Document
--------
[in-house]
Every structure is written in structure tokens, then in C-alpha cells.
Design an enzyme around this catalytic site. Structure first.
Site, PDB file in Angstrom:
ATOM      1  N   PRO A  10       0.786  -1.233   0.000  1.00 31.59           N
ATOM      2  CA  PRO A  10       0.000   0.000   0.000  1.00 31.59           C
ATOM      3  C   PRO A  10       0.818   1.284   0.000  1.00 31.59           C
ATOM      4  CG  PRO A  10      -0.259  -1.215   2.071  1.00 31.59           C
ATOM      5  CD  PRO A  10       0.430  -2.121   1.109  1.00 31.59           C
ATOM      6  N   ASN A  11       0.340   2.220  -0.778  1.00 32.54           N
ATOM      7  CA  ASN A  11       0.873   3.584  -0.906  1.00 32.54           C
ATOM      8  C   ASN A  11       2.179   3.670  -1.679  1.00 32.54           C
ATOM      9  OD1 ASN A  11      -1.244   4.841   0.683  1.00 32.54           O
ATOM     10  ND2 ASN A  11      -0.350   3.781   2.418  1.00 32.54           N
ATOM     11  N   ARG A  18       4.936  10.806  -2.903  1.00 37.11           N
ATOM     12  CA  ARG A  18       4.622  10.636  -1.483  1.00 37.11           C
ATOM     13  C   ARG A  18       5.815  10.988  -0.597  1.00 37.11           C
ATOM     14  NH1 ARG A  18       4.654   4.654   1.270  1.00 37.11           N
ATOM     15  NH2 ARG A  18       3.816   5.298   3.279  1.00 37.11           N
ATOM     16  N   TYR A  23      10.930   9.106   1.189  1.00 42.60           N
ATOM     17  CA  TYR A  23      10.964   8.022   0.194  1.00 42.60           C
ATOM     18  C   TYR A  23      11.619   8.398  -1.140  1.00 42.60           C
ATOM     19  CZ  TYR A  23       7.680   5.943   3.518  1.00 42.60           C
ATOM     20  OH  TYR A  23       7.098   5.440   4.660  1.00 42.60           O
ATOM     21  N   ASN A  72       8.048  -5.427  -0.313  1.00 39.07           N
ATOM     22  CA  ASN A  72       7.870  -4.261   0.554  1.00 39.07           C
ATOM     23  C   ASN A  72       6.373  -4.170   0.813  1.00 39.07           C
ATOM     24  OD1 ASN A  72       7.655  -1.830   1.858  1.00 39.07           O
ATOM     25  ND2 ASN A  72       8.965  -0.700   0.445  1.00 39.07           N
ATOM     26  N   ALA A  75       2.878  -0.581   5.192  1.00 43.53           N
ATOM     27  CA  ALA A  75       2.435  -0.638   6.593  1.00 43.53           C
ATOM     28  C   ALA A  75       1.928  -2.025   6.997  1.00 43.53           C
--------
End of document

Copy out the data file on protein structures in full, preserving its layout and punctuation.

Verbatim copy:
[in-house]
Every structure is written in structure tokens, then in C-alpha cells.
Design an enzyme around this catalytic site. Structure first.
Site, PDB file in Angstrom:
ATOM      1  N   PRO A  10       0.786  -1.233   0.000  1.00 31.59           N
ATOM      2  CA  PRO A  10       0.000   0.000   0.000  1.00 31.59           C
ATOM      3  C   PRO A  10       0.818   1.284   0.000  1.00 31.59           C
ATOM      4  CG  PRO A  10      -0.259  -1.215   2.071  1.00 31.59           C
ATOM      5  CD  PRO A  10       0.430  -2.121   1.109  1.00 31.59           C
ATOM      6  N   ASN A  11       0.340   2.220  -0.778  1.00 32.54           N
ATOM      7  CA  ASN A  11       0.873   3.584  -0.906  1.00 32.54           C
ATOM      8  C   ASN A  11       2.179   3.670  -1.679  1.00 32.54           C
ATOM      9  OD1 ASN A  11      -1.244   4.841   0.683  1.00 32.54           O
ATOM     10  ND2 ASN A  11      -0.350   3.781   2.418  1.00 32.54           N
ATOM     11  N   ARG A  18       4.936  10.806  -2.903  1.00 37.11           N
ATOM     12  CA  ARG A  18       4.622  10.636  -1.483  1.00 37.11           C
ATOM     13  C   ARG A  18       5.815  10.988  -0.597  1.00 37.11           C
ATOM     14  NH1 ARG A  18       4.654   4.654   1.270  1.00 37.11           N
ATOM     15  NH2 ARG A  18       3.816   5.298   3.279  1.00 37.11           N
ATOM     16  N   TYR A  23      10.930   9.106   1.189  1.00 42.60           N
ATOM     17  CA  TYR A  23      10.964   8.022   0.194  1.00 42.60           C
ATOM     18  C   TYR A  23      11.619   8.398  -1.140  1.00 42.60           C
ATOM     19  CZ  TYR A  23       7.680   5.943   3.518  1.00 42.60           C
ATOM     20  OH  TYR A  23       7.098   5.440   4.660  1.00 42.60           O
ATOM     21  N   ASN A  72       8.048  -5.427  -0.313  1.00 39.07           N
ATOM     22  CA  ASN A  72       7.870  -4.261   0.554  1.00 39.07           C
ATOM     23  C   ASN A  72       6.373  -4.170   0.813  1.00 39.07           C
ATOM     24  OD1 ASN A  72       7.655  -1.830   1.858  1.00 39.07           O
ATOM     25  ND2 ASN A  72       8.965  -0.700   0.445  1.00 39.07           N
ATOM     26  N   ALA A  75       2.878  -0.581   5.192  1.00 43.53           N
ATOM     27  CA  ALA A  75       2.435  -0.638   6.593  1.00 43.53           C
ATOM     28  C   ALA A  75       1.928  -2.025   6.997  1.00 43.53           C